A night at the ballet ["Song & Dance," as put on by the Oregon Ballet company at the Newmark Theatre] was fun. I don't know enough about dance to know if it was great, but I know one guest dancer [Artur Sultanov] has buckets of charisma after I realized I was watching him simply sitting deep upstage sucking wind after a pretty grueling duet while a handful of dancers were whirling around in the foreground. That segment was the best, contemporary and artsy in the best possible way. It came off a bit like an animated early Dali painting before he became a pondering profiteer.
I then lost my foodcart virginity on a medium order of poutine (French fries & chunks of cheese smothered in brown gravy; the Cannucks love it and so should you) at Potato Champion at the pod community on Hawthorne & 12th. S'bon!
You could imagine my surprise to find that the joint turned out be a modern, curiously elegant and almost airy (perhaps they save all the seediness for the Rialto OTB storefront next door). It's the first hall I've seen that looks like a pool hall went down on a sports bar in the shell of a dance club. I'm already a fan. Table rates were reasonable, the mezzanine has a great view/less noisy area for actual conversation while playing.
After a few games, we discovered that the bistro-looking shop on a side-street is also part of the pool hall, so we popped in there for a very large, intriguingly flavored fish sandwich & fries. The menu is definitely a cut or two above the usual fare; I'm still struggling to wrap my mind around the idea of a pool hall serving brunch, even in this town.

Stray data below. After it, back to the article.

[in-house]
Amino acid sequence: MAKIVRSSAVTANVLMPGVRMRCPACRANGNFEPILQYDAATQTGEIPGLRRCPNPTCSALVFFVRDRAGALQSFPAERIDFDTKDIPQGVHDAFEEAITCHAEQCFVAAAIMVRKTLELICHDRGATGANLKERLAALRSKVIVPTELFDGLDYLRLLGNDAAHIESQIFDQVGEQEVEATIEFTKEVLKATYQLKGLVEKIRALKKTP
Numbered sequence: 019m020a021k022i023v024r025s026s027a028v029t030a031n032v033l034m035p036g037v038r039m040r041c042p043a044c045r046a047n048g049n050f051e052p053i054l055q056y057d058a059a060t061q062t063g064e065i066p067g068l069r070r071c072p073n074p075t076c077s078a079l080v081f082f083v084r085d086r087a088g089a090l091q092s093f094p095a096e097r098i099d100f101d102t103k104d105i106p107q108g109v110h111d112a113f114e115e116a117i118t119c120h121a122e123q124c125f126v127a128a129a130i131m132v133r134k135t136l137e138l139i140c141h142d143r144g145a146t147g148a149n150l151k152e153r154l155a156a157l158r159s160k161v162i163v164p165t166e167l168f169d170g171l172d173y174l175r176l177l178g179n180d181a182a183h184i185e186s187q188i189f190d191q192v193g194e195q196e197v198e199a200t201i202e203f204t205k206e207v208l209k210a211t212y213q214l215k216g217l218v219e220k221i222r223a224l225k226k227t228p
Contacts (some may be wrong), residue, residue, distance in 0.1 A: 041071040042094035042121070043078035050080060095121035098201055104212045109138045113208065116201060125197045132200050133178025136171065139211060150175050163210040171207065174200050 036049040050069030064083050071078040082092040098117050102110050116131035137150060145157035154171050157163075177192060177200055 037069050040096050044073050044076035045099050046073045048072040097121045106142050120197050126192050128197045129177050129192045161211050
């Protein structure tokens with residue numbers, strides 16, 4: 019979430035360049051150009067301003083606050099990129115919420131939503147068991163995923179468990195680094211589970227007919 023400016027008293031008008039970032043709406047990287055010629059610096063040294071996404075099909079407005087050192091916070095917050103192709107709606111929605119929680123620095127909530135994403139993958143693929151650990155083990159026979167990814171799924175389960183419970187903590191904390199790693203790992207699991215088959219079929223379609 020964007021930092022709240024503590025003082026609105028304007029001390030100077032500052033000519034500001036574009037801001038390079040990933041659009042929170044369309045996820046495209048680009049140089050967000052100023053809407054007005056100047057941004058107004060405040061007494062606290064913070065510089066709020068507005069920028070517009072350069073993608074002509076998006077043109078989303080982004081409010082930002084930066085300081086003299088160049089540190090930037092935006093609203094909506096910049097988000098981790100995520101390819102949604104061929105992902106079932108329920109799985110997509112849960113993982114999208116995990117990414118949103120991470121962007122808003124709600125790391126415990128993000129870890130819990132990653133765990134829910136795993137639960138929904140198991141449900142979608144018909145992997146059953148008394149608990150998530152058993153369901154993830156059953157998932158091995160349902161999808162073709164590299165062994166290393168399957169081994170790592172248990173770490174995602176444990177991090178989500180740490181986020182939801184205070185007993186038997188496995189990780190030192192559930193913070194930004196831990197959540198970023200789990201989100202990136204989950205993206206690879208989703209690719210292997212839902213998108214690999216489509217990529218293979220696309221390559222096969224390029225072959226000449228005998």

After eating, we staggered North a few blocks to see a Satanic/420/heavy-metal/sci-fi burlesque show at Dante's, aka another Wednesday night in Portland.
It seems I didn't miss much; here's a delightful collection of shamelessly reused material from those movies -- what offends me isn't that they reused so much, it's that they didn't even show a flicker of imagination in the recycling. Even in those pre-VCR days, the animated features still saw reissues and TV airings often enough that they should have known people would catch them eventually:
My sympathies to anyone 5-10 years older than me, who probably was dragged to see such weak sauce as THE JUNGLE BOOK, THE ARISTOCATS, ROBIN HOOD and THE RESCUERS as a kid.
Thankfully, we have this film adaptation of the show -- Reilly's last stage performance prior to his 2007 death at age 76 -- to enjoy, which the film's producers have chopped up and uploaded to YouTube.
The DVD's extras include this tremendously valuable Making Of documentary, which moved me further by showing the actor's unvarnished vulnerability and irritability before a project finally snaps into focus. It's not something you see in proper context every day; typically, such footage is sliced down to the worst moments and shown on Celebrities Behaving Badly-type shows, where the hosts and audience can chuckle and/or cluck-cluck about these crazy divas and their outrageous demands for a cold diet soda. If, like me, you came away from SAVE IT FOR THE STAGE/LIFE OF REILLY with a vastly expanded view/appreciation of Reilly's unique mix of fear, pluck and adrenaline, this doc will expand it even more: